Posted by Roland's response to my old friend Christian Schol (126.96.36.199) on April 16, 2004 at 20:12:13:
In Reply to: As an Australian observer posted by Roland on April 15, 2004 at 18:40:41:
Hi again Christian Scholar,
Yes it is good to catch up with you again, albeit under extremely distressing world circumstances.
I may have been unclear in my argument to you about the importance of the United Nations and its function in the World; for that I apologise. Please let me try again.
My point was that corruption is integral to human institutions – unavoidable. That does not mean we should disband them so readily. Usually the corruption elements can be surgically removed through resignation or incarceration (or in the case of the US and other Third World views of human life, maybe even assassination). If one believes in the institution with sufficient conviction then every effort will be made to buoy it up and improve it and keep it functioning. Pedophilia in the Church for example is a case at hand; no-one in their right mind would see any advantage to disbanding the Church. As I said in my last note to you, there have been many “IranGates” in US politics over the years. I will leave it up to you to decide whether the US has therefore relinquished the right to self govern. Just remember, whatever you apply to that situation you should also apply to the UN, which was established to act as an umpire and a point of appeal on the world stage - a place where every member can have a voice and vote (although I have difficulty with the non-democratic veto powers concept). Sure, corruption exists in the UN (I cited an example to you in my previous note), but devaluing its role is hardly applying common sense or evenhandedness to both cases. It is here that I see you employing a double standard. As far as I am concerned I see the UN as the most important arbiter in world affairs.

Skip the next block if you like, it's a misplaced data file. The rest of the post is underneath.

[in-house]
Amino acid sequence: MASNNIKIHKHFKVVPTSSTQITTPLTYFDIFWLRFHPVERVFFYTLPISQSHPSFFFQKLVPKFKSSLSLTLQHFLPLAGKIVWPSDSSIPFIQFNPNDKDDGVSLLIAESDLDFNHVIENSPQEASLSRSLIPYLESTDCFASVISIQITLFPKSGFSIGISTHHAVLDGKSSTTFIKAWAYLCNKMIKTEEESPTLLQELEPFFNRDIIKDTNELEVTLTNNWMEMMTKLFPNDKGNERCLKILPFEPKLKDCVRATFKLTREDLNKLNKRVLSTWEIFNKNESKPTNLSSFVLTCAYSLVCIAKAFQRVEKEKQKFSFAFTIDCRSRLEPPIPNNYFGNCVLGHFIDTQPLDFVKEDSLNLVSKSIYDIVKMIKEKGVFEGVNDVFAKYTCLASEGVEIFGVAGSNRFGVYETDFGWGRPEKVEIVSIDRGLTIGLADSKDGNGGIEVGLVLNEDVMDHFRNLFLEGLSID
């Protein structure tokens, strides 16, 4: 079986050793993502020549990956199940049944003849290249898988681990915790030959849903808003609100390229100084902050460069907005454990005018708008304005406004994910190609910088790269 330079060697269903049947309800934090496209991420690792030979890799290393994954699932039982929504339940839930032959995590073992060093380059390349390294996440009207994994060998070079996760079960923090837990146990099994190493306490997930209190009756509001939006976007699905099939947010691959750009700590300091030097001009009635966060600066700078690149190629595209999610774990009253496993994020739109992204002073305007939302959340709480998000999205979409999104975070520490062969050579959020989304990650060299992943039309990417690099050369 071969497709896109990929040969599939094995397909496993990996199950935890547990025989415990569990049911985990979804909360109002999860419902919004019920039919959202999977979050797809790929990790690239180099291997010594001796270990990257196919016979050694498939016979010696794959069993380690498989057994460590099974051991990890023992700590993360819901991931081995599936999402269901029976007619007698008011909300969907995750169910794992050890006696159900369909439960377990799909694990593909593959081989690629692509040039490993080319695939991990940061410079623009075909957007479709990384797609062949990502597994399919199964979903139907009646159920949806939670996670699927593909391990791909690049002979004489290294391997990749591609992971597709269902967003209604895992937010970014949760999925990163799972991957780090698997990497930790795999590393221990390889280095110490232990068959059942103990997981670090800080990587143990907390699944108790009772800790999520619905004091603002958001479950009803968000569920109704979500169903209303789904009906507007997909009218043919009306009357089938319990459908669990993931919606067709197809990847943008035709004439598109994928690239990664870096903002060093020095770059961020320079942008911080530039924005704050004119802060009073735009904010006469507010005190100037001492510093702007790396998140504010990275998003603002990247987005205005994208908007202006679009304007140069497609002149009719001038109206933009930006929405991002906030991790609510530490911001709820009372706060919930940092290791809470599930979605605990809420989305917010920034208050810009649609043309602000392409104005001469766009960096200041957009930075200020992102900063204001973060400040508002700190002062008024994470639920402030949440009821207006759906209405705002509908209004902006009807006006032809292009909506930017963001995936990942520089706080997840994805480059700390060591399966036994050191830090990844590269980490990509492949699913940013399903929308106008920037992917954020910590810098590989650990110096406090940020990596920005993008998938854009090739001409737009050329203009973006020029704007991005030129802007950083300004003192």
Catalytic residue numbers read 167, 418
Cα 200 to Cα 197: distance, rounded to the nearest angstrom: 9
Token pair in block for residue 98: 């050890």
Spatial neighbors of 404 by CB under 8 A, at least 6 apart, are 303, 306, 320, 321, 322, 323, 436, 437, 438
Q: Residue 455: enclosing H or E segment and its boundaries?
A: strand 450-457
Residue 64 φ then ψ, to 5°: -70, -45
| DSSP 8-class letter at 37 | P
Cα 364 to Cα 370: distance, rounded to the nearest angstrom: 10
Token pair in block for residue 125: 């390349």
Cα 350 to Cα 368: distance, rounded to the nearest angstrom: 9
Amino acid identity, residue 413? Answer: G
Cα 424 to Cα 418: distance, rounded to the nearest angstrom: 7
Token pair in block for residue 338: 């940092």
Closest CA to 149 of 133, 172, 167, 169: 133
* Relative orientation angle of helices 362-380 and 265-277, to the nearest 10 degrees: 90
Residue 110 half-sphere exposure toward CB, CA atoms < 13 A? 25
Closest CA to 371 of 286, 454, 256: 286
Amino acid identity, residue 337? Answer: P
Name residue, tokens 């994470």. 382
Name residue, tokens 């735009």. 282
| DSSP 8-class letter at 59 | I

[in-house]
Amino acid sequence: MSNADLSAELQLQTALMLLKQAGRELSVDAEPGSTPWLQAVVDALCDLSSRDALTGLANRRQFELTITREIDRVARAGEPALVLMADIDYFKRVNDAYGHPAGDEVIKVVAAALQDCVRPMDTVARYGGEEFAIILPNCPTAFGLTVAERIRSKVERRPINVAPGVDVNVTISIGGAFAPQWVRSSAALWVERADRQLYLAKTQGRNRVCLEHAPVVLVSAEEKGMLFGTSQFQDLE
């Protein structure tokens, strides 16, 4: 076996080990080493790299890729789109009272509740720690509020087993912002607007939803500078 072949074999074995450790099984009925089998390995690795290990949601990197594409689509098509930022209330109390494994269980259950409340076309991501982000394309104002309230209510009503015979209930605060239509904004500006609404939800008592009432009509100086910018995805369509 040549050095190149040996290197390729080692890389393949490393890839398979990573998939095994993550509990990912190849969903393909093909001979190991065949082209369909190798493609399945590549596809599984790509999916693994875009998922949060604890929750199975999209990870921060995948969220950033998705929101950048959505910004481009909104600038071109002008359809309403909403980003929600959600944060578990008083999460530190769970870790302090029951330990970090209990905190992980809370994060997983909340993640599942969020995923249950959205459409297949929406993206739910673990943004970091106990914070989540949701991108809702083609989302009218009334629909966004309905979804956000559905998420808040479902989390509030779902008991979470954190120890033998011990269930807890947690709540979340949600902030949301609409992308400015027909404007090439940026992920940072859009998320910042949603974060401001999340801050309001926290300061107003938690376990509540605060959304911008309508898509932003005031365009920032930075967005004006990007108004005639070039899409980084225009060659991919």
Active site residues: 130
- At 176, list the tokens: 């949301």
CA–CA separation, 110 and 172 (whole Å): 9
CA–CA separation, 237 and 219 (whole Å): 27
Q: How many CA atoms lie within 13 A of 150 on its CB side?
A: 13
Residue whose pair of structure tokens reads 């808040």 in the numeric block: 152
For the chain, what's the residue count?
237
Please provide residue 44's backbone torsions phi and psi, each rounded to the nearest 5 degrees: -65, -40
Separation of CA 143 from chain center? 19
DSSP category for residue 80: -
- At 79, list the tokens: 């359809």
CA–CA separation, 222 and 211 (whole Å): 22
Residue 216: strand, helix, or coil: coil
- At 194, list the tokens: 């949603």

I believe this is vital and despite any peripheral corrupting elements, we have, as I see it, no alternative to that of the UN. Bear in mind that the UN may not reach a resolution that all parties agree with, but it is democratic and an open forum for decision making. It is not a
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